Dennis Prager’s troubling discussion of Jewish liberalism
Sometimes I wonder, when I’m saying critical things about Jews, if I’ve gone a bit over the line. For example, when I recently quoted several Jews who said that their Jewish soul “hinges” on open borders, which they see as the “Jewish American civil religion,” and as “the very heart, for Jews, of what it means to be an American,” some readers felt I was being unfair because the Jews I was quoting are secular leftist Jews, who are anti-religion and thus are not “real” Jews. In reply, I wrote:
The fact remains … that the Jewish people, far out of proportion with any other ethnic group, keep producing a fantastic number of leftists, whether they are “Jewish” or not. Any gentile country with a significant Jewish population needs to consider honestly this Jewish tendency and find responsible ways of restraining it. Ignoring it will only allow it to become more and more destructive (just as the Jewish left is destructive of Israel itself), leading ultimately to the growth of serious anti-Semitism on the part of the majority population.After I posted that statement, I felt it was so broad that I added qualifying language to show that this problem could be solved through civilized criticism and political discourse.
Now no one would call columnist Dennis Prager or David Horowitz, the editor of FrontPage Magazine, anti-Semites, yet Prager’s article at FrontPage today, “Why are Jews Liberal?”, is a more sweeping and devastating criticism of Jews than anything I have ever written, including my 2004 FrontPage article, “Why Jews Welcome Moslems.” Here are key passages I’ve excerpted from Prager’s article. These are all direct quotes:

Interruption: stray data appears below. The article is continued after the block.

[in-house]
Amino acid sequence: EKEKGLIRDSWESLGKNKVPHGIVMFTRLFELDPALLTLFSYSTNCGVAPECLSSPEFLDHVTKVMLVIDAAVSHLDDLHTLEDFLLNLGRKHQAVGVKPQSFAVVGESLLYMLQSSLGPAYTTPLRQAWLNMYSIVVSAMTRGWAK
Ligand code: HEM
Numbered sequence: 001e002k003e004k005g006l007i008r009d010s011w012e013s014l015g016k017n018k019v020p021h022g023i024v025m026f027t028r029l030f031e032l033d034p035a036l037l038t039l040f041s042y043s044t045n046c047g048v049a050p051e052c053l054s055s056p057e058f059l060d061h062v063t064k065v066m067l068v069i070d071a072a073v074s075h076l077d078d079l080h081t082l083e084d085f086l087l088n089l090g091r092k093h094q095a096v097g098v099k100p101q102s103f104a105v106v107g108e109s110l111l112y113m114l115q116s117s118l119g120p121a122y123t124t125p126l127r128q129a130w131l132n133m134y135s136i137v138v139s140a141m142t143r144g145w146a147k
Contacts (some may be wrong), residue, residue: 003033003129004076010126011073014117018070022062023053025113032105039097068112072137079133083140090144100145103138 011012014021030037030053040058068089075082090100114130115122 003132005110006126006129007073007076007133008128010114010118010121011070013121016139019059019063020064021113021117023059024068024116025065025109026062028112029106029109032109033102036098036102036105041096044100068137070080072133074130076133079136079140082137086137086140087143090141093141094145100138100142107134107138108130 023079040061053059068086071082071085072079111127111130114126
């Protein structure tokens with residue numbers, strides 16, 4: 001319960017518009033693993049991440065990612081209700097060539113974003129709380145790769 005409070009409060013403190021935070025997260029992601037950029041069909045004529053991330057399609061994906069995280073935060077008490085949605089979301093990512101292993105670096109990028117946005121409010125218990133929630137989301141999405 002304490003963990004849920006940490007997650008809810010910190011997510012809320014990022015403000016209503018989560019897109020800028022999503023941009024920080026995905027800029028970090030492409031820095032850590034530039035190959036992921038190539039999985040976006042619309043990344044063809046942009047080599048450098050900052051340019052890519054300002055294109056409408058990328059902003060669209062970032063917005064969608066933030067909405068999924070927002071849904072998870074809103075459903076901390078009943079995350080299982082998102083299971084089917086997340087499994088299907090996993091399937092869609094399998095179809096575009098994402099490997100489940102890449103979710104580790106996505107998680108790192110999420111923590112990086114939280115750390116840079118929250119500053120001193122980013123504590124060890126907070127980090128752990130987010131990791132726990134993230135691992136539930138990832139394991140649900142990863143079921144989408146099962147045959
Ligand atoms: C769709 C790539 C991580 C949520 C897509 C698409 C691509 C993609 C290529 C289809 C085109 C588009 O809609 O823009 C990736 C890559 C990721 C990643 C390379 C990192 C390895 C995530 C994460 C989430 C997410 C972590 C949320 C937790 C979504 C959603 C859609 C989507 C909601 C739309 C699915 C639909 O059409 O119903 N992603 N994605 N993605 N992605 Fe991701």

I have never written or even imagined such a sweeping criticism of Jews. My approach has always been, let’s look at the Jewish tendencies to leftism and anti-nationalism as correctable behaviors. If the American majority started to act like the “adult” again, the Jews, the “angry adolescent” in this scenario, would shape up, since the Jews are at bottom rational people and members of Western civilization.
But in Prager’s portrait, the Jewish problem is more deeply entrenched. As Prager describes it, the overwhelming majority of Jews oppose, fear, and regard as evil everything that our society is based on: conservative values, free enterprise, religion, Christianity, even nationhood itself, and they are compelled to these anti-American views by what they see as their religion.
If Prager is correct, how should the rest of the American community regard and respond to Jews? I repeat my conviction that if other Americans began in a civilized but firm way to criticize these Jewish dispositions, that would force the Jews to pull back from their aggressive leftism. If the majority culture restored itself and its moral authority, then Jews would again become good members of it, as they had been prior to the shattering of the majority culture in the Sixties Revolution. Yet at the same time, honesty compels me to acknowledge that Prager’s article makes the problem of Jewish leftism seem more threatening, and harder to solve, than ever before.
[See also the exchange I had with a devout religious Jew who has exactly the same egalitarian, open-borders, anti-national vision of America as the secularist leftist Jews criticized by Prager.]